The Organs of Sense by Adam Ehrlich Sachs, narrated by Andrew Wincott (May 21)

I thought this was a historical fiction piece with a dash o’ mystery but I’ve seen it referred to as a comic fable. Either way, it sounds downright delightful.

“In 1666, an astronomer makes a prediction shared by no one else in the world: at the stroke of noon on June 30 of that year, a solar eclipse will cast all of Europe into total darkness for four seconds. This astronomer is rumored to be using the largest telescope ever built, but he is also known to be blind – both of his eyes were plucked out under mysterious circumstances. Is he mad? Or does he, despite this impairment, have an insight denied the other scholars of his day?

These questions intrigue the young Gottfried Wilhelm Leibniz – not yet the world-renowned polymath who would go on to discover calculus but a 19-year-old whose faith in reason is shaky at best. Leibniz sets off to investigate the astronomer’s claim, and in the three hours before the eclipse occurs – or fails to occur – the astronomer tells the scholar the story behind his strange prediction: a tale that ends up encompassing kings and princes, family squabbles, insanity, art, loss, and the horrors of war.”

The Sentence is Death by Anthony Horowitz, narrated by Rory Kinnear (May 28)

Mwaahahaha, I’m so excited! I’ve been a Horowitz fan since devouring Magpie Murders in a day last year. I really enjoyed The Word is Murder, his take on the Holmes/Watson dynamic made modern; The Sentence is Death picks up where that left off.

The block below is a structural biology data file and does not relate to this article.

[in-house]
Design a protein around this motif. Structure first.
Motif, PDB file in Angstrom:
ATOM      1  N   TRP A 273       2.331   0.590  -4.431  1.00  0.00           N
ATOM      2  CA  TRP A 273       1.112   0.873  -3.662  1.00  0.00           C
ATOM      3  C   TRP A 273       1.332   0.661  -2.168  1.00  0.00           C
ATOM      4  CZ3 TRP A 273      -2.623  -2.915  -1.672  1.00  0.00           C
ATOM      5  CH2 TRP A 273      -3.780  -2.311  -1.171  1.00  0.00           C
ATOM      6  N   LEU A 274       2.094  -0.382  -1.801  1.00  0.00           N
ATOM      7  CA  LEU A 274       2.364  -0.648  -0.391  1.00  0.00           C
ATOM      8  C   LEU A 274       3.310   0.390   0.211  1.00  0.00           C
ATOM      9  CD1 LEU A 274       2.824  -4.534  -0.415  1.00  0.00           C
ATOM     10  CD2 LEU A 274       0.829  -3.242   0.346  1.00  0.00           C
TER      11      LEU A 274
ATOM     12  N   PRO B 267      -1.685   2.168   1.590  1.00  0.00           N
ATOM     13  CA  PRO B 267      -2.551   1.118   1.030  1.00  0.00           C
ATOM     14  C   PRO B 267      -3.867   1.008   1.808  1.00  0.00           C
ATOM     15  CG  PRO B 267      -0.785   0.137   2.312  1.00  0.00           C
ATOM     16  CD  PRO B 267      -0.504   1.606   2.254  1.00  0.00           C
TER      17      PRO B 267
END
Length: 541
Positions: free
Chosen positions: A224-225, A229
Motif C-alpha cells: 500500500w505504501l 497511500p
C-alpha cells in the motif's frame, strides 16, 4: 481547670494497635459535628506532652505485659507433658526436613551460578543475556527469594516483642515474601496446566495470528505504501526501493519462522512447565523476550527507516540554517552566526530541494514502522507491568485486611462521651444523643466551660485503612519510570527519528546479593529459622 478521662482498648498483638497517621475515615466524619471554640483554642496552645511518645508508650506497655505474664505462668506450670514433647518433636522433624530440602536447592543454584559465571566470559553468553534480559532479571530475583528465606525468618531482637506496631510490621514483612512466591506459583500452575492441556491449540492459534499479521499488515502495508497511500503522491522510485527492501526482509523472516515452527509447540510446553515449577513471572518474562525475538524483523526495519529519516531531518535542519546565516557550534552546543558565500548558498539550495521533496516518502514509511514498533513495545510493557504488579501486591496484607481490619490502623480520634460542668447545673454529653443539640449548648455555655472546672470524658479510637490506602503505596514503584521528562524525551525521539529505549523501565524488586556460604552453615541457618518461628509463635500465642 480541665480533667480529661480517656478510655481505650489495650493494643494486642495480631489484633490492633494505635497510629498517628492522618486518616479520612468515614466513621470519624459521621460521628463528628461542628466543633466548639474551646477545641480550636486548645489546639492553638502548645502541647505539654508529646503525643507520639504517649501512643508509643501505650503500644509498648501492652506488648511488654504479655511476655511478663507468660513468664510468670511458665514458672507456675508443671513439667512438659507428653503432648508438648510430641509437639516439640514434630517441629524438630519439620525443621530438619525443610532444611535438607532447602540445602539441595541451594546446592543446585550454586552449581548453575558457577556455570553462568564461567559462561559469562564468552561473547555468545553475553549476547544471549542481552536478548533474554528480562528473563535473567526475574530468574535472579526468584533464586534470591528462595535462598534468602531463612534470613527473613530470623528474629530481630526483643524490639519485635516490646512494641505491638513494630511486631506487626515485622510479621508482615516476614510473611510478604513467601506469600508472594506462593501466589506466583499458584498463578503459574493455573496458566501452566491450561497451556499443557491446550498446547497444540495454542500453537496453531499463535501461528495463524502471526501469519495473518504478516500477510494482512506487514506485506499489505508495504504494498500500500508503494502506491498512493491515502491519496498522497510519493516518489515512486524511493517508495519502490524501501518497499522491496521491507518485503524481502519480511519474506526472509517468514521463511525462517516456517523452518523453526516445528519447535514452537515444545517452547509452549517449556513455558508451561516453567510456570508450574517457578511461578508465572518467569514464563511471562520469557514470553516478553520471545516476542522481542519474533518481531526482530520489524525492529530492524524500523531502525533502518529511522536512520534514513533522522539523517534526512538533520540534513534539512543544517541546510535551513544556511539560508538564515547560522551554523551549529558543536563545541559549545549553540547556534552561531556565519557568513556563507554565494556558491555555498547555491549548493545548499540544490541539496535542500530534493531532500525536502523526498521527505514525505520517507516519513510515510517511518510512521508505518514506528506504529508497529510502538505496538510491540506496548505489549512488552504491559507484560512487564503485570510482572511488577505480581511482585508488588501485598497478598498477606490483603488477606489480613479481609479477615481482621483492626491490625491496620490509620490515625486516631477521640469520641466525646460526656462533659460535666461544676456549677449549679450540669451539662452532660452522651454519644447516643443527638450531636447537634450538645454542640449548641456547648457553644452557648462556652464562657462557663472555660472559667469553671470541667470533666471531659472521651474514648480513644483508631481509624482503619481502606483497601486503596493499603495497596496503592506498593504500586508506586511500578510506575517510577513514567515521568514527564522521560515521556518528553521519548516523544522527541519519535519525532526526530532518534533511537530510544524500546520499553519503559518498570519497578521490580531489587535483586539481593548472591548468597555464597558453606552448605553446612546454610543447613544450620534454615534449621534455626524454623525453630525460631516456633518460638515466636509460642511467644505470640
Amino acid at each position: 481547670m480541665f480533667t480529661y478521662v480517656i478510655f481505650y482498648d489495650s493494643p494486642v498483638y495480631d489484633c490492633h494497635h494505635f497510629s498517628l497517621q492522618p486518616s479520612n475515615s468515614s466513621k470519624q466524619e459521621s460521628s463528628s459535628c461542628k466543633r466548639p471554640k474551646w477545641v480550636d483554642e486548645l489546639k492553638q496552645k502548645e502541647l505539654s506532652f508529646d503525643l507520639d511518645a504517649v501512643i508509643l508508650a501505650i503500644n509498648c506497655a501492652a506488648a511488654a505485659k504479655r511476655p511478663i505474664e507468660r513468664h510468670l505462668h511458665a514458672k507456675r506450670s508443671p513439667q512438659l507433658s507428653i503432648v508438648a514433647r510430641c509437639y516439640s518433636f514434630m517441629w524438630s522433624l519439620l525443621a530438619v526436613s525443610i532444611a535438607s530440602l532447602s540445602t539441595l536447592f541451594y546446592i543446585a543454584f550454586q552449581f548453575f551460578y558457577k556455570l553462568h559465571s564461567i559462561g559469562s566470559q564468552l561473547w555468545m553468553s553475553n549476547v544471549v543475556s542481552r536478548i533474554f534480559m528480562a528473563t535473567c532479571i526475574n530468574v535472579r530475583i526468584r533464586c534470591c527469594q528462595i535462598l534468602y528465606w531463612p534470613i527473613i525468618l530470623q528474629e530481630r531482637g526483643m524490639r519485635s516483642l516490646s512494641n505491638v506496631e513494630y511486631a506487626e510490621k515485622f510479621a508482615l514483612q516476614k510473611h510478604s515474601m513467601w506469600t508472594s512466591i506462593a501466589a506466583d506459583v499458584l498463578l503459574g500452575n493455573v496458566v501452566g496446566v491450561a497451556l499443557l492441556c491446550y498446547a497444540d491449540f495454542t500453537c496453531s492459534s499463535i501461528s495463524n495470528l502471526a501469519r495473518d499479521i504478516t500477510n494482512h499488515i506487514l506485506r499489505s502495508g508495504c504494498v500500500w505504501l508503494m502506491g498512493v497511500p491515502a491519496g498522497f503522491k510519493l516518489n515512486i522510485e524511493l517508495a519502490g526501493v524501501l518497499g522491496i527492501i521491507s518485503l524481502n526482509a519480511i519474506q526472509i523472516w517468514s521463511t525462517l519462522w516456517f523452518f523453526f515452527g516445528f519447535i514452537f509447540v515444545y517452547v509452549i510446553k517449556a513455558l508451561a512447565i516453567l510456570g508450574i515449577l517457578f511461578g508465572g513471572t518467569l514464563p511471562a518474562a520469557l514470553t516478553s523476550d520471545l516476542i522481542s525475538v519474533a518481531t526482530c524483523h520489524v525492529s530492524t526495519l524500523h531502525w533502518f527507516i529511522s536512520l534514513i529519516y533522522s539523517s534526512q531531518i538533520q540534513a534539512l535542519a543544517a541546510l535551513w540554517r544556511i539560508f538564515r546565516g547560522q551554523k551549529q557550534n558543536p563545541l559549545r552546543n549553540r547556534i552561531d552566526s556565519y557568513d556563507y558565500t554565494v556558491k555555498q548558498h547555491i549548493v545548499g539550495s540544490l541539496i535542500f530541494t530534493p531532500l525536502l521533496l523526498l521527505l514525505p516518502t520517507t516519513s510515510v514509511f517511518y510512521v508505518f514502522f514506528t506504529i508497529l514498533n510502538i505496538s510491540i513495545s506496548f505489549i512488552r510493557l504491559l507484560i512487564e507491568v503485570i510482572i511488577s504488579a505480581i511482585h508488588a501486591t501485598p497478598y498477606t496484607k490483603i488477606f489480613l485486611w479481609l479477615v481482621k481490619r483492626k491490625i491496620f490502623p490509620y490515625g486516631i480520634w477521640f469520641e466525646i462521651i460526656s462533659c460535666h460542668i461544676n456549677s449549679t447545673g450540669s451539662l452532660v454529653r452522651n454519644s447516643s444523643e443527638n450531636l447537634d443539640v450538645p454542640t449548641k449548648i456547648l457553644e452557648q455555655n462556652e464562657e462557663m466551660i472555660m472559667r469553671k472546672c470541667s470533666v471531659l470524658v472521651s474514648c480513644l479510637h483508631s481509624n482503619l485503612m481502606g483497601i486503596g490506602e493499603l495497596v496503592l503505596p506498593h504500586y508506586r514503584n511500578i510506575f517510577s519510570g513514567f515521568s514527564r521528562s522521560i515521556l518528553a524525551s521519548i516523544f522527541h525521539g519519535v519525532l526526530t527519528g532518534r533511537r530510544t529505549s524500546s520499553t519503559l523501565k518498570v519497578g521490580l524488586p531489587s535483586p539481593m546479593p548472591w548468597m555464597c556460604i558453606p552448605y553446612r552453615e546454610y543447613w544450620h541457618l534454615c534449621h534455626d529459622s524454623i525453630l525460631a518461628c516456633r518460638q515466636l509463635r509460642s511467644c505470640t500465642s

“’You shouldn’t be here. It’s too late….’

These, heard over the phone, were the last recorded words of successful celebrity-divorce lawyer Richard Pryce, found bludgeoned to death in his bachelor pad with a bottle of wine – a 1982 Chateau Lafite worth £3,000, to be precise.

Odd, considering he didn’t drink. Why this bottle? And why those words? And why was a three-digit number painted on the wall by the killer? And, most importantly, which of the man’s many, many enemies did the deed?

Baffled, the police are forced to bring in Private Investigator Daniel Hawthorne and his sidekick, the author Anthony, who’s really getting rather good at this murder investigation business.

But as Hawthorne takes on the case with characteristic relish, it becomes clear that he, too, has secrets to hide. As our reluctant narrator becomes ever more embroiled in the case, he realizes that these secrets must be exposed – even at the risk of death…”

The Lives of Bees: The Untold Story of the Honey Bee in the Wild by Thomas D. Seeley, narrated by William Hope